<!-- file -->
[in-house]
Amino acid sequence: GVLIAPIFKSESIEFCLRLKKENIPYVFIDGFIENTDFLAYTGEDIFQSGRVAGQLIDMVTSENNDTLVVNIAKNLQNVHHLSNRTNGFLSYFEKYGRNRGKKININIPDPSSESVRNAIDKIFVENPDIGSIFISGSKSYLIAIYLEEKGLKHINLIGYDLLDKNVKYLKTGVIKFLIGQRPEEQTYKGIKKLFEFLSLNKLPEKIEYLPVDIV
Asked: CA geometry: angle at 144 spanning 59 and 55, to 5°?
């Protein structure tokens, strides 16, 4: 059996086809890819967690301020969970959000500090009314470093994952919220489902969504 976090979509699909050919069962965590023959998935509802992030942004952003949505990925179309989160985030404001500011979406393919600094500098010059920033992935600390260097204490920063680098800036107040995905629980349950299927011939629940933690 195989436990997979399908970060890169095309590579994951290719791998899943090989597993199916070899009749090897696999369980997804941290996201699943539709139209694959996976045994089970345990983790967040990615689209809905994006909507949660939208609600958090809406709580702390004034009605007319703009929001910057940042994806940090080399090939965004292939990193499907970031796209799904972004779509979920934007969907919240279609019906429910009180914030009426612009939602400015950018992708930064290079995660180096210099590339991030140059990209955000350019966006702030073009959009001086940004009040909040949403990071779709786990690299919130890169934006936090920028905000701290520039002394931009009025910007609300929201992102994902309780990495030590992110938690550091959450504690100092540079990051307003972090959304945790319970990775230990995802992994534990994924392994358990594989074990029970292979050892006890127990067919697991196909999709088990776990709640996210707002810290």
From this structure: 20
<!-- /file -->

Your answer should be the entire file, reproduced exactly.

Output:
[in-house]
Amino acid sequence: GVLIAPIFKSESIEFCLRLKKENIPYVFIDGFIENTDFLAYTGEDIFQSGRVAGQLIDMVTSENNDTLVVNIAKNLQNVHHLSNRTNGFLSYFEKYGRNRGKKININIPDPSSESVRNAIDKIFVENPDIGSIFISGSKSYLIAIYLEEKGLKHINLIGYDLLDKNVKYLKTGVIKFLIGQRPEEQTYKGIKKLFEFLSLNKLPEKIEYLPVDIV
Asked: CA geometry: angle at 144 spanning 59 and 55, to 5°?
């Protein structure tokens, strides 16, 4: 059996086809890819967690301020969970959000500090009314470093994952919220489902969504 976090979509699909050919069962965590023959998935509802992030942004952003949505990925179309989160985030404001500011979406393919600094500098010059920033992935600390260097204490920063680098800036107040995905629980349950299927011939629940933690 195989436990997979399908970060890169095309590579994951290719791998899943090989597993199916070899009749090897696999369980997804941290996201699943539709139209694959996976045994089970345990983790967040990615689209809905994006909507949660939208609600958090809406709580702390004034009605007319703009929001910057940042994806940090080399090939965004292939990193499907970031796209799904972004779509979920934007969907919240279609019906429910009180914030009426612009939602400015950018992708930064290079995660180096210099590339991030140059990209955000350019966006702030073009959009001086940004009040909040949403990071779709786990690299919130890169934006936090920028905000701290520039002394931009009025910007609300929201992102994902309780990495030590992110938690550091959450504690100092540079990051307003972090959304945790319970990775230990995802992994534990994924392994358990594989074990029970292979050892006890127990067919697991196909999709088990776990709640996210707002810290």
From this structure: 20